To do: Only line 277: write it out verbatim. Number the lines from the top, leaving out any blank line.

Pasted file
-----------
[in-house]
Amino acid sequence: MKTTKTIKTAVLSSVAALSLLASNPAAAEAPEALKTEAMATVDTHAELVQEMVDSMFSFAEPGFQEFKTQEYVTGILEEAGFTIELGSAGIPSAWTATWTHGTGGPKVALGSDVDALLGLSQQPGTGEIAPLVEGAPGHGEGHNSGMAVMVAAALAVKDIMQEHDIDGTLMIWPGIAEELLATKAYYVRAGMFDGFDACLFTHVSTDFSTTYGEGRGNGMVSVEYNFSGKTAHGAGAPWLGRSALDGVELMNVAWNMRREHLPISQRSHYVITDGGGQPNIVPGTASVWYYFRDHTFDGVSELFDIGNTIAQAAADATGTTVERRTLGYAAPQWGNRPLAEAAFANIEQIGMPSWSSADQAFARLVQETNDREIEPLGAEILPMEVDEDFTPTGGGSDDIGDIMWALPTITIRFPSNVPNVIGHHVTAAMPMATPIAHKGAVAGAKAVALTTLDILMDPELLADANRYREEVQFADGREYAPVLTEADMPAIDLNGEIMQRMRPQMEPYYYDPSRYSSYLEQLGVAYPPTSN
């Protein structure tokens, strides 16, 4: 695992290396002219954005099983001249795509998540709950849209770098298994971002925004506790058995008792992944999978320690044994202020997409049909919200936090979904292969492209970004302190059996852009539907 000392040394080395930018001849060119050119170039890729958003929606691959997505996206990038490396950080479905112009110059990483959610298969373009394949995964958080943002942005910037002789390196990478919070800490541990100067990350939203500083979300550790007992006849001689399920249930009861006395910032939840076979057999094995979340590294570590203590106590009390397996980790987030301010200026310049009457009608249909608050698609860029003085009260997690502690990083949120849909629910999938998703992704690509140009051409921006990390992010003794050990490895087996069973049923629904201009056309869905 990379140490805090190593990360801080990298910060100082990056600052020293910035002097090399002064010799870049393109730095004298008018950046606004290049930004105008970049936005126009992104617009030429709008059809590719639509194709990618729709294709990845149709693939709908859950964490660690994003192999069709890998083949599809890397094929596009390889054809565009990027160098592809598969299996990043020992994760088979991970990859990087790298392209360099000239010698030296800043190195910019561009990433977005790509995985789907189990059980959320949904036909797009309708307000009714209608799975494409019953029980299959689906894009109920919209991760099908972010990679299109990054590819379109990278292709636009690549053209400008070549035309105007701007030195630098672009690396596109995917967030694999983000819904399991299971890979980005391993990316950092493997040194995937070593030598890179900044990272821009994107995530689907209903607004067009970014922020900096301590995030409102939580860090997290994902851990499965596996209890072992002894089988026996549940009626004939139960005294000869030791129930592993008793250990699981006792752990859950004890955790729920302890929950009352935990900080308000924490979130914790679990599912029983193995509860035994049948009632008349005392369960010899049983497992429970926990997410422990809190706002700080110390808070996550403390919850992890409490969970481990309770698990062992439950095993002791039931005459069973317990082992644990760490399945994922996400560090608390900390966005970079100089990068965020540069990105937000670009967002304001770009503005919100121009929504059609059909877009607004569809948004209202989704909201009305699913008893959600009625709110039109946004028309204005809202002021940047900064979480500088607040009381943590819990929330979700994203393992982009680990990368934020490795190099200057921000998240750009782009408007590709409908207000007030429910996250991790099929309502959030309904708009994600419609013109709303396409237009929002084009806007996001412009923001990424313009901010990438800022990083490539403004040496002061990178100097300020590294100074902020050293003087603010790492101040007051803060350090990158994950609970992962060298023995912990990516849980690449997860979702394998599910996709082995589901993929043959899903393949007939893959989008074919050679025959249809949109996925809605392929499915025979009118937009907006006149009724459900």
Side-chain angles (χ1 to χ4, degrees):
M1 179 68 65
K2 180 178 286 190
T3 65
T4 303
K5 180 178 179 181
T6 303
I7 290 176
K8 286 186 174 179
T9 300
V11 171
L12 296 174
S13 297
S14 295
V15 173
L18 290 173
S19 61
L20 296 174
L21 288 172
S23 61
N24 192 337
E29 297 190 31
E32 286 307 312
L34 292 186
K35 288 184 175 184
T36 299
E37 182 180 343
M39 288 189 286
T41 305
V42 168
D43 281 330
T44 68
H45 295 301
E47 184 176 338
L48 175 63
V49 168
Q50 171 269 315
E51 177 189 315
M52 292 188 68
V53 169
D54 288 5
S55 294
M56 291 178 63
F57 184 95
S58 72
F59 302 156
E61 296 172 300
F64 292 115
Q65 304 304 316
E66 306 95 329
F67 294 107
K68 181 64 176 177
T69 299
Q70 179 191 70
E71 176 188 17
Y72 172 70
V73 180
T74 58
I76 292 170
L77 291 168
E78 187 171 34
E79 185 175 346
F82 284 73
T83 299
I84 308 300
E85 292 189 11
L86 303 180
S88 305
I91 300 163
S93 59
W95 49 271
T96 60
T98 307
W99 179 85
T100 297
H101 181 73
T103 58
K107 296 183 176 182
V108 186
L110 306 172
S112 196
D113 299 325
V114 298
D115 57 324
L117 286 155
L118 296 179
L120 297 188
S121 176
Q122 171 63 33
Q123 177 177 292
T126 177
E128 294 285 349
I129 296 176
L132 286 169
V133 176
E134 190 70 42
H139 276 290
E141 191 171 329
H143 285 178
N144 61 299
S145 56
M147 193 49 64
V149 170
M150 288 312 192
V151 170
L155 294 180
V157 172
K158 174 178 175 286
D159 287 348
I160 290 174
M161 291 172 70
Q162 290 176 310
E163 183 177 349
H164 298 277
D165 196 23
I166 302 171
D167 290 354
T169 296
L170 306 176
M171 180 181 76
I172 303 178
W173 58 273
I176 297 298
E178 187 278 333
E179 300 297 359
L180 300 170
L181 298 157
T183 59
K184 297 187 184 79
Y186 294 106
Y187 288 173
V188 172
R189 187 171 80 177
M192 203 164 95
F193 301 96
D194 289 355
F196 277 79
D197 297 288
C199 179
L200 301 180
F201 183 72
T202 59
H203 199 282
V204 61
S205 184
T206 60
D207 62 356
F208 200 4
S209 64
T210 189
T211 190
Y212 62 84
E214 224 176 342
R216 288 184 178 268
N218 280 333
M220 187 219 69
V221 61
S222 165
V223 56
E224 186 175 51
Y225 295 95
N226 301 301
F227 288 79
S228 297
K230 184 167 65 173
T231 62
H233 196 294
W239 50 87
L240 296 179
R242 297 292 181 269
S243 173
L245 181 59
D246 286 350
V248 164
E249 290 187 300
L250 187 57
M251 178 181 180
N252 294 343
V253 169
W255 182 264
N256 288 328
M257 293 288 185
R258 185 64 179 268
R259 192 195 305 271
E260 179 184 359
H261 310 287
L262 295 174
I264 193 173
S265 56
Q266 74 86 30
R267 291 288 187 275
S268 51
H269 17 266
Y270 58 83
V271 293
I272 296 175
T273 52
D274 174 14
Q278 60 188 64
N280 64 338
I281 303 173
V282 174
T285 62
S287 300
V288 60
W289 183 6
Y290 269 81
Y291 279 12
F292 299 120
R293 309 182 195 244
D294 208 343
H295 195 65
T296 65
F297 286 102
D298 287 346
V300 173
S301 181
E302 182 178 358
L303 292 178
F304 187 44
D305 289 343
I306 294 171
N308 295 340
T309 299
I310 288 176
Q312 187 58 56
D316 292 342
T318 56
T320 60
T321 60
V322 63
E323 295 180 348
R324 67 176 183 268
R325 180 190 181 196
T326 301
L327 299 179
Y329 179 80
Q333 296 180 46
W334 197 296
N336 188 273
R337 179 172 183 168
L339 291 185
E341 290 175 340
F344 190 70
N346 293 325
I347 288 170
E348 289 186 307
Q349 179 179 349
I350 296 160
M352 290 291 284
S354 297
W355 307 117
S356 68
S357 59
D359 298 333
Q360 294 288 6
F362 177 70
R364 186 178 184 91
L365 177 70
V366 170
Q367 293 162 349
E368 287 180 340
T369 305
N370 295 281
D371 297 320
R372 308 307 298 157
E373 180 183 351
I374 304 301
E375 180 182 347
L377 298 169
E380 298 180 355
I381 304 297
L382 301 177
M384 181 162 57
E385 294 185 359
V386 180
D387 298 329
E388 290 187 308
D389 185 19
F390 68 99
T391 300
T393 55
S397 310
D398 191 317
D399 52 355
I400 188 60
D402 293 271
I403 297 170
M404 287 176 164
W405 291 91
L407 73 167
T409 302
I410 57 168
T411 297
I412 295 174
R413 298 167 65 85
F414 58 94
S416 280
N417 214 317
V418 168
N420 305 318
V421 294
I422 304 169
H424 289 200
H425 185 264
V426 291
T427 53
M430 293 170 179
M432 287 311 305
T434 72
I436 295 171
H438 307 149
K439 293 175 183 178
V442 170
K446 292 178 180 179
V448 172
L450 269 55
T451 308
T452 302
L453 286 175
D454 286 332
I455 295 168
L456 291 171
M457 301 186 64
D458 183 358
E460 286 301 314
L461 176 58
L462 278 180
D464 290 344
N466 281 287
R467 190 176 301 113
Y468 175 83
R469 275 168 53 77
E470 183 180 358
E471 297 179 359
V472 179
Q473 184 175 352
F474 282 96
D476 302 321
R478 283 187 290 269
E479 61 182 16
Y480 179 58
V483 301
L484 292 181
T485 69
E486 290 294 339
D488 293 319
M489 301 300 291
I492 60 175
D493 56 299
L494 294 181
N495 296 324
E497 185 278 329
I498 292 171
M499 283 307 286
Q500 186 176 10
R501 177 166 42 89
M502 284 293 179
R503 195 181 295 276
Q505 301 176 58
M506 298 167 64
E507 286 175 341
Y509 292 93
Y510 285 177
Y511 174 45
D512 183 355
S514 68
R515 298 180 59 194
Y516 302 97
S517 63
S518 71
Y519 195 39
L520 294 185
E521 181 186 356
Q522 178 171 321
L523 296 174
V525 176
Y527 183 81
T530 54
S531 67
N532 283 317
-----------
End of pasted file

M384 181 162 57